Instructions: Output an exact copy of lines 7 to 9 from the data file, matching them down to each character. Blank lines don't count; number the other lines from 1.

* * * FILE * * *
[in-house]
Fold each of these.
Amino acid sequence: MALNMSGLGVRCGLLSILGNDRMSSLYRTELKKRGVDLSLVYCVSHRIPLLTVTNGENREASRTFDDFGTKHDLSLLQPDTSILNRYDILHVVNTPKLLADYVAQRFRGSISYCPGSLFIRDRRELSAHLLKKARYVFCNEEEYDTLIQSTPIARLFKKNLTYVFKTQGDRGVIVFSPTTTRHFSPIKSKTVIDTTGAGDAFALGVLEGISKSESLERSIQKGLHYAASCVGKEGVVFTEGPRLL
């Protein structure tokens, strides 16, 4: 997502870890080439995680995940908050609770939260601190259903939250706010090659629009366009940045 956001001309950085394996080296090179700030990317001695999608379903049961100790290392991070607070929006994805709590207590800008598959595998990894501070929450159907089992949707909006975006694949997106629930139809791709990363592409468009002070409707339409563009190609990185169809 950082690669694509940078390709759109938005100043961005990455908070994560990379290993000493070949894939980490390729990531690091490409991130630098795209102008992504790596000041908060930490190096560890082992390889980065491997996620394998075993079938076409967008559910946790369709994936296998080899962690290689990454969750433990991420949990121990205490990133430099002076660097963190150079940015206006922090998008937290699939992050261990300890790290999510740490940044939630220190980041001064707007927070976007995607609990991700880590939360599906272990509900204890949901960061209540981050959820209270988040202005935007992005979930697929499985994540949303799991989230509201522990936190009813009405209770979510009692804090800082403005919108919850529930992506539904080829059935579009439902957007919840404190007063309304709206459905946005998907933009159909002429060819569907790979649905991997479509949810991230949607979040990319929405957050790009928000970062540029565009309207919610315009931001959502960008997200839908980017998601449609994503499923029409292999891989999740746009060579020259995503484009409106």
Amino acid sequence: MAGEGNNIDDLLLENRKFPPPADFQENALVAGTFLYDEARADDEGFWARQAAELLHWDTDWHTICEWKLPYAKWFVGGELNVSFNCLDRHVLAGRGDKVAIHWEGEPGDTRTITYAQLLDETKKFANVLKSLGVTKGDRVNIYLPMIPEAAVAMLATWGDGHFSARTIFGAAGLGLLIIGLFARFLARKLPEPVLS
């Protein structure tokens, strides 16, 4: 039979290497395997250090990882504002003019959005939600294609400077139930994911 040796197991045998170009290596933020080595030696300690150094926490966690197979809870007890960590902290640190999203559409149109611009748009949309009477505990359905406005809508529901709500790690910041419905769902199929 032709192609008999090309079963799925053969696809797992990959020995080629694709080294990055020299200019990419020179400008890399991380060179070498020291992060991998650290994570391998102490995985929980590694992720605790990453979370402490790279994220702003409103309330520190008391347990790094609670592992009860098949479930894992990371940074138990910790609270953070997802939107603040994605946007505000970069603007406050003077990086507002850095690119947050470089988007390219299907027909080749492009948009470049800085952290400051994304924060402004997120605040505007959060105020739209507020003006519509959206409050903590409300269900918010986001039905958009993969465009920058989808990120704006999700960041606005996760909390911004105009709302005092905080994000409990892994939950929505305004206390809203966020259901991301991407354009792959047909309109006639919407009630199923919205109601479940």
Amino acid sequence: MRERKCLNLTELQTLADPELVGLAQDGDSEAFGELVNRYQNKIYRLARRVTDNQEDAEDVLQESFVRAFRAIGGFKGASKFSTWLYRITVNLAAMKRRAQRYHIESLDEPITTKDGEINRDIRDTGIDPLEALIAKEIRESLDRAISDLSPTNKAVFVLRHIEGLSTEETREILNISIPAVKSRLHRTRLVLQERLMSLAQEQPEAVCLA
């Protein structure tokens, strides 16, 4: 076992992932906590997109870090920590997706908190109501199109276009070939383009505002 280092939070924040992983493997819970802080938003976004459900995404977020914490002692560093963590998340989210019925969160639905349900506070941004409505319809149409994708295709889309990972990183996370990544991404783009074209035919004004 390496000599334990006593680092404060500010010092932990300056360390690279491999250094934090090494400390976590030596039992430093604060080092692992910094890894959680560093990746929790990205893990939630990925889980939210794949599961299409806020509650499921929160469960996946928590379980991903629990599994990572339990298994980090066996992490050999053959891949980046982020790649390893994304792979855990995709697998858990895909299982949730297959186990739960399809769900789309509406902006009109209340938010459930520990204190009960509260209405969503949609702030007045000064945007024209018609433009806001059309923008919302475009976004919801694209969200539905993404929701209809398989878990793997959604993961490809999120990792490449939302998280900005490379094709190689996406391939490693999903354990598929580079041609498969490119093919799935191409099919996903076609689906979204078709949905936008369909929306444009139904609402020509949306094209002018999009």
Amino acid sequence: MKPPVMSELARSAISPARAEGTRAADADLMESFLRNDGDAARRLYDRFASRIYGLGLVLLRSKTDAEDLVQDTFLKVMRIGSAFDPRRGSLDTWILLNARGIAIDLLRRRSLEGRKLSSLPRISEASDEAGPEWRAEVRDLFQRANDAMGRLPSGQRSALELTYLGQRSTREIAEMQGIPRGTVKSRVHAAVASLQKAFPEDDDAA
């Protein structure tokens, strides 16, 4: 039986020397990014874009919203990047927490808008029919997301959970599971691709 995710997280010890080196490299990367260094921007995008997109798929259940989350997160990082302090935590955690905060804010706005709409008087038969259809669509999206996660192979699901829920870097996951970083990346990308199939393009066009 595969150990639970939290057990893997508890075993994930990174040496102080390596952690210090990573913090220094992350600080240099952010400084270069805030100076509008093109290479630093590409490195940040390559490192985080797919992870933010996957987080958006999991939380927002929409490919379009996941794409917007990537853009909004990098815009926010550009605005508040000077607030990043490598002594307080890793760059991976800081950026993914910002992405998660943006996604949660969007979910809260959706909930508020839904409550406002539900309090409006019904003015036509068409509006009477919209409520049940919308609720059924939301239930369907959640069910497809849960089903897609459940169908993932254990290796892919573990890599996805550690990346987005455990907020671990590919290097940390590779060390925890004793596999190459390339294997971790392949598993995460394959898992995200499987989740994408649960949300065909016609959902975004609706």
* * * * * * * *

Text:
Amino acid sequence: MRERKCLNLTELQTLADPELVGLAQDGDSEAFGELVNRYQNKIYRLARRVTDNQEDAEDVLQESFVRAFRAIGGFKGASKFSTWLYRITVNLAAMKRRAQRYHIESLDEPITTKDGEINRDIRDTGIDPLEALIAKEIRESLDRAISDLSPTNKAVFVLRHIEGLSTEETREILNISIPAVKSRLHRTRLVLQERLMSLAQEQPEAVCLA
């Protein structure tokens, strides 16, 4: 076992992932906590997109870090920590997706908190109501199109276009070939383009505002 280092939070924040992983493997819970802080938003976004459900995404977020914490002692560093963590998340989210019925969160639905349900506070941004409505319809149409994708295709889309990972990183996370990544991404783009074209035919004004 390496000599334990006593680092404060500010010092932990300056360390690279491999250094934090090494400390976590030596039992430093604060080092692992910094890894959680560093990746929790990205893990939630990925889980939210794949599961299409806020509650499921929160469960996946928590379980991903629990599994990572339990298994980090066996992490050999053959891949980046982020790649390893994304792979855990995709697998858990895909299982949730297959186990739960399809769900789309509406902006009109209340938010459930520990204190009960509260209405969503949609702030007045000064945007024209018609433009806001059309923008919302475009976004919801694209969200539905993404929701209809398989878990793997959604993961490809999120990792490449939302998280900005490379094709190689996406391939490693999903354990598929580079041609498969490119093919799935191409099919996903076609689906979204078709949905936008369909929306444009139904609402020509949306094209002018999009």
Amino acid sequence: MKPPVMSELARSAISPARAEGTRAADADLMESFLRNDGDAARRLYDRFASRIYGLGLVLLRSKTDAEDLVQDTFLKVMRIGSAFDPRRGSLDTWILLNARGIAIDLLRRRSLEGRKLSSLPRISEASDEAGPEWRAEVRDLFQRANDAMGRLPSGQRSALELTYLGQRSTREIAEMQGIPRGTVKSRVHAAVASLQKAFPEDDDAA